Smart meter cost may double
$3 to $4 more on electricity bills
Not yet policy, province cautions
Toronto Star - Jan 27, 2005
by John Spears and Richard Brennan
Ontario householders can expect to pay an additional $3 to $4 a month for
electricity to cover the cost of installing and running new "smart meters"
throughout the province, the Ontario Energy Board says.
The OEB has released a $1 billion implementation plan to meet Energy
Minister Dwight Duncan's
promise to install a smart meter in every home
and business in the province by 2010.
The meters will enable utilities to charge even more for electricity used
during peak periods, when the power grid is under stress.
An official in Duncan's office cautioned that the report isn't yet government policy.
"The government is going to be reviewing the OEB's plans and
recommendations and will be considering them but we will be announcing our
own plan," said Angie Robson, communications assistant to Duncan, who was
in New York yesterday and unavailable for comment.
The monthly costs are far higher than the previous estimates of a dollar
or two a month for the smart meters, but Robson emphasized that the
savings people could realize by using these meters could easily offset the monthly fee.
"That $3 and $4 doesn't incorporate potential offsetting savings resulting
from people shifting their use to off-peak times," she said. "We want to
empower consumers to better manage their electricity use and consumption."
New Democratic Party
leader Howard Hampton said the plan will do little to
cut power consumption, but will have one unpleasant effect.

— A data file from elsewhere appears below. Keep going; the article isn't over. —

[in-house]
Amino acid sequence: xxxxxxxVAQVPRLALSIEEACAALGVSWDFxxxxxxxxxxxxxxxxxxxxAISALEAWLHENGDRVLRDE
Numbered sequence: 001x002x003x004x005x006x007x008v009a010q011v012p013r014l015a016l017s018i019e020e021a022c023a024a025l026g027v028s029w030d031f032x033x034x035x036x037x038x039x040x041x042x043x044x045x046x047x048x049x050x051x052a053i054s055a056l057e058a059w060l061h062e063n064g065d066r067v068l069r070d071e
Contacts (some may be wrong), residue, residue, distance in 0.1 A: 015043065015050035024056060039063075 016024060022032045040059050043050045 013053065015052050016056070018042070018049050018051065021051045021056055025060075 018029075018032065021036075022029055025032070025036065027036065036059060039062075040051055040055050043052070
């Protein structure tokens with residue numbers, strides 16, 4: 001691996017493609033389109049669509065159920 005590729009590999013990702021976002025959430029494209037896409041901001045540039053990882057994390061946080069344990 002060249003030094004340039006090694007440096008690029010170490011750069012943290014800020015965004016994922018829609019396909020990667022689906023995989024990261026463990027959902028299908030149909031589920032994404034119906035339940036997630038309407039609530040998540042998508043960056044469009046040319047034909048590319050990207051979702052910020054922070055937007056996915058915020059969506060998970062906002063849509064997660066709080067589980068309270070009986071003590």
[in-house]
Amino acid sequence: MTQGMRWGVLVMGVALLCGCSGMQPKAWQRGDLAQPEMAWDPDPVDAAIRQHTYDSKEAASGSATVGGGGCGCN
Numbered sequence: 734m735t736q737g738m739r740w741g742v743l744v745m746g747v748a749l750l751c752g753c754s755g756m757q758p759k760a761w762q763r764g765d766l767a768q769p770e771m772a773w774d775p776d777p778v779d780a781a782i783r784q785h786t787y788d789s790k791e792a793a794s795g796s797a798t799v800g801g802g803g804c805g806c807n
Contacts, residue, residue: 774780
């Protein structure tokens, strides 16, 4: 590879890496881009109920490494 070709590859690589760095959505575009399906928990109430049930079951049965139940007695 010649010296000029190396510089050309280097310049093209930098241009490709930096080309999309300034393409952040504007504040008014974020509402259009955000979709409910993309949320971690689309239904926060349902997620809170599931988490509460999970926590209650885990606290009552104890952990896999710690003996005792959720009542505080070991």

"It's going to substantially increase people's electricity bills," he
said. "There are a lot of people, a lot of businesses and some industries
in the province that can't afford it."
Conventional meters simply record the total amount of power used between
readings, taken every month or two.
Smart meters record power use hour by hour, so customers can be charged a
high rate during the peak evening hours, but a lower rate overnight or on
weekends when demand for electricity declines.
The board says local utilities should be able to choose their own meters
and supporting systems from the variety on the market. Some send
information to the utility by radio signal, others over a phone line.
The energy board said consumers should be able to see each day's
electricity use within 24 hours via telephone or Internet, so they can
monitor consumption and cost.
The energy board's plan has one big gap: It doesn't look at the
possibility of installing individual meters for each unit of apartment or
condominium buildings that now have a single meter for the entire building.
Duncan has said installing individual meters for each apartment and condo
unit in the province would boost the number of meters to about 6 million
from 4 million — boosting the cost of the meters alone by another $500 million.
Critics said the plan will hit the poor hardest — they are the most likely
to heat their dwellings with electricity, and are most vulnerable to increased power costs.
Keith Stewart of the Low Income Energy Network
also noted that the
communication systems utilities will install to monitor the new meters
will make it easier for them to cut off service to people who fall behind
in their payments.
Tom Adams of Energy Probe
noted that, under the energy board plan,
utilities will be able to charge customers for the computer and
communications systems needed to run the smart meters even before all
customers get the meters.
"Most customers will be paying smart metering costs even before they get
smart meters," he said.
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